Analyze This (1999)
Release Date: March 5th, 1999 MPAA Rating: R
Director: Harold Ramis Actors: Robert De Niro, Billy Crystal, Lisa Kudrow, Chazz Palminteri, Joe Viterelli, Kyle Sabihy
arely are audiences treated to a gangster comedy with real ambition. Thanks to scripting by Kenneth Lonergan (“Gangs of New York”), with Peter Tolan and Harold Ramis (“Caddyshack,” “Groundhog Day,” and “National Lampoon’s Vacation”), who also directs, there’s lots of bad language and biting sarcasm that makes the hoodlums seem not only more realistic, but also contradictorily coarse in a comedic setting. The violence is an additional, stark contrast, most notably when the lead character contemplates executing his helpers and during the gun-blazing climax. It creates a level of seriousness that forces “Analyze This” to be, on occasion, a completely straight drama, despite relying on a majority of comical events.
In 1957, in the tiny town of Apalachin, all the wiseguys and gangsters of New York meet to discuss their criminal enterprises – but it ends in disaster when the Feds are called in. Years later, the present day mobsters plan to meet again, this time to settle their volatile futures. Made man Paul Vitti (Robert De Niro) is dealing with lots of stress and a panic attack, caused largely by an assassination attempt against his life that failed. By chance, he comes across Dr. Ben Sobel (Billy Crystal), a shrink who just might unwittingly help him.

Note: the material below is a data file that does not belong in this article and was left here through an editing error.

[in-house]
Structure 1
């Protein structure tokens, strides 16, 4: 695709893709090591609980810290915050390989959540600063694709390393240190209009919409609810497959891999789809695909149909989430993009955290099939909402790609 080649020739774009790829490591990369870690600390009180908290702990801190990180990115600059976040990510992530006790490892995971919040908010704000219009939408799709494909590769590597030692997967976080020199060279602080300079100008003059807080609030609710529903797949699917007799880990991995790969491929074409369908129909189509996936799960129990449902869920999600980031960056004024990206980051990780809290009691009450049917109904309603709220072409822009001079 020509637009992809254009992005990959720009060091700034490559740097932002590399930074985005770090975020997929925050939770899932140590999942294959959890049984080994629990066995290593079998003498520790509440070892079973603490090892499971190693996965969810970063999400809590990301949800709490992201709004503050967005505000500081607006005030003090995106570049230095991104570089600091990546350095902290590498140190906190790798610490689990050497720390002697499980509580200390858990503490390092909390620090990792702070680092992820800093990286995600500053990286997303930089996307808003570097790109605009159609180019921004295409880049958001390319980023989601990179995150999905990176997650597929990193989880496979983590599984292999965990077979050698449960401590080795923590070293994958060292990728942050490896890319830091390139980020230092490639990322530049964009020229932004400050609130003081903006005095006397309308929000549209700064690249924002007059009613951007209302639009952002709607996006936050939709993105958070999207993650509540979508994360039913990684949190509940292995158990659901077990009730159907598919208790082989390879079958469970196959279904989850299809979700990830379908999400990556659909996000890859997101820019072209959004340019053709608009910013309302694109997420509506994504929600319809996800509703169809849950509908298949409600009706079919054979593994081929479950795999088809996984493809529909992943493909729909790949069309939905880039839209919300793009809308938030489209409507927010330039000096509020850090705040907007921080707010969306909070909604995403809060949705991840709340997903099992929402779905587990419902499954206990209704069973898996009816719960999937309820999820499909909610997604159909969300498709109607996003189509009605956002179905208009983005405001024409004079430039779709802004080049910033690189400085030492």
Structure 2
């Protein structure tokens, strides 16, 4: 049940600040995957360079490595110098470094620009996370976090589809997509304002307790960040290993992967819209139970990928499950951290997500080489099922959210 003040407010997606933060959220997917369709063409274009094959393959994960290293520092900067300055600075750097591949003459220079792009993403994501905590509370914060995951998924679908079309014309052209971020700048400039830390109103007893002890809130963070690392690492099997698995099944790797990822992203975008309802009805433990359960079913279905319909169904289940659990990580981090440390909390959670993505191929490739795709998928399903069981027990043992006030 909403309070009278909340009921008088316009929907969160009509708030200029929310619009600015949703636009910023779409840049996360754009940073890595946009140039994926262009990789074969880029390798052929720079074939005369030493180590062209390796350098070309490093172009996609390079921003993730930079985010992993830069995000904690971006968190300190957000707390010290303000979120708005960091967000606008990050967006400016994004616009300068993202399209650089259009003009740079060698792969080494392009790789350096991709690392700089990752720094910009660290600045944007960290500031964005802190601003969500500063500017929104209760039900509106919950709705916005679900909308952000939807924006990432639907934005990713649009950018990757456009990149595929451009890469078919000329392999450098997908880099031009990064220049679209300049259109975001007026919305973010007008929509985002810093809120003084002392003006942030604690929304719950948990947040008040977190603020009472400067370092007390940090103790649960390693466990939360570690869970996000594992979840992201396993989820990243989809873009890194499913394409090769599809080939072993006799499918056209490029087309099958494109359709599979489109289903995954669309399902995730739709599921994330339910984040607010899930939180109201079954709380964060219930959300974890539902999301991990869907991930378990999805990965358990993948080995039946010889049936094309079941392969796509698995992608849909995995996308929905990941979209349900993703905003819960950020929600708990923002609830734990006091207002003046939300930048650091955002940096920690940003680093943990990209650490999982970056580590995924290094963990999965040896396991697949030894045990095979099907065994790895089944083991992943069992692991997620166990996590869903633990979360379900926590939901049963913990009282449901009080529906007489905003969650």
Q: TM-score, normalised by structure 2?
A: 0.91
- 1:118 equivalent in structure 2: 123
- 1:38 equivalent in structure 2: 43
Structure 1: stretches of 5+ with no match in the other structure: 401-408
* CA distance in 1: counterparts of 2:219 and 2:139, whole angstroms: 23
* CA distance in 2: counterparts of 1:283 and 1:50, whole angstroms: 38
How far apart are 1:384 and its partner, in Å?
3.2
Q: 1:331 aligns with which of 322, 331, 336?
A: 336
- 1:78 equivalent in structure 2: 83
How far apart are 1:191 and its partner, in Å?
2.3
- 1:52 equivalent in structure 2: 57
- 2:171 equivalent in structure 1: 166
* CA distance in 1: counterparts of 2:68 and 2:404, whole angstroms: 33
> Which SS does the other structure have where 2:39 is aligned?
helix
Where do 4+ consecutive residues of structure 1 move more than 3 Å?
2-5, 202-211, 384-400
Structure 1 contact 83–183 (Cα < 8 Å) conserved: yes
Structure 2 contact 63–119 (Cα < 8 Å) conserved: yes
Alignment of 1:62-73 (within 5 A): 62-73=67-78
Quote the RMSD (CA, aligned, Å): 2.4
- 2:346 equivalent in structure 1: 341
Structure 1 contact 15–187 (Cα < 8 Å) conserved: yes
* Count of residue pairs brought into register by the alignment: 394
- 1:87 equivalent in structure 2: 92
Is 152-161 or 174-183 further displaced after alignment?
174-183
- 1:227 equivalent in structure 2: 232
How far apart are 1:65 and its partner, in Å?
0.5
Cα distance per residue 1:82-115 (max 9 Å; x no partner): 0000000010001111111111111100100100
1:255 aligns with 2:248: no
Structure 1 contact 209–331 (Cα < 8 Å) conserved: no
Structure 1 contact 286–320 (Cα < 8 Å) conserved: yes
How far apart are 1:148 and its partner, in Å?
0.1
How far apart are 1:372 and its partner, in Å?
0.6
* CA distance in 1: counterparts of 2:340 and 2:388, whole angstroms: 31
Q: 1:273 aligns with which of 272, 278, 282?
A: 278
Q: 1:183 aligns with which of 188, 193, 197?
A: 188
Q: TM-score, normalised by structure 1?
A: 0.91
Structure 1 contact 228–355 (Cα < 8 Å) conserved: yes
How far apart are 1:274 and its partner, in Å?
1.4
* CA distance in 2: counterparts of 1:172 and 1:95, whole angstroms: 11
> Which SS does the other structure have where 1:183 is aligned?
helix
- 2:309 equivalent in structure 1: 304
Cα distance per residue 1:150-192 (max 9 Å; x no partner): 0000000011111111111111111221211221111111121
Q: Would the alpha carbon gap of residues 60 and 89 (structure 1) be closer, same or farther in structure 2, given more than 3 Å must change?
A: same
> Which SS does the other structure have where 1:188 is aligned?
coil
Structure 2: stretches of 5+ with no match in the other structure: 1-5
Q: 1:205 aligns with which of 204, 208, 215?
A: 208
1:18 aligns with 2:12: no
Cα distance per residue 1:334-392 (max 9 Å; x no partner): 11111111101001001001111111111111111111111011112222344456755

Sobel listens to his clients, daydreaming of when he can tell them exactly what he thinks; harsh, brutally cold words of advice, which are the opposite of what he actually relates. He also contends with his wisecracking son, unafraid to speak his own mind (but, right off the bat, comedienne Molly Shannon makes an appearance, bringing an air of utter ridiculousness that creates further disparities for Vitti’s proceeding torture scene). Ben is also planning to marry Laura (Lisa Kudrow) during a vacation, which gets interrupted when he’s kidnapped to treat Vitti, who continues to have bouts of crippling mental strains and episodes that involve crying for hours. Matters worsen when the Mafia chieftain repeatedly drops in on Ben for further therapy, all while rival gangster Primo Sindone (Chazz Palminteri) schedules a follow-up hit.
“Paul, you have to channel all this nice grief into a murderous rage!” De Niro and Crystal make an effective comedy team, but overall the film misses its mark on more than one occasion. Kudrow as the love interest seems a misstep, some of the shootouts and abrasive repartee might be a bit much (the comedy is sporadically suppressed in the wrong spots), and Ben’s dreams predictably mirror “The Godfather.” But most of the humor is still above average. It’s definitely not Harold Ramis’ best work, but it was popular enough at the box office and among critics to garner a sequel that brought back almost the entire cast.
– Mike Massie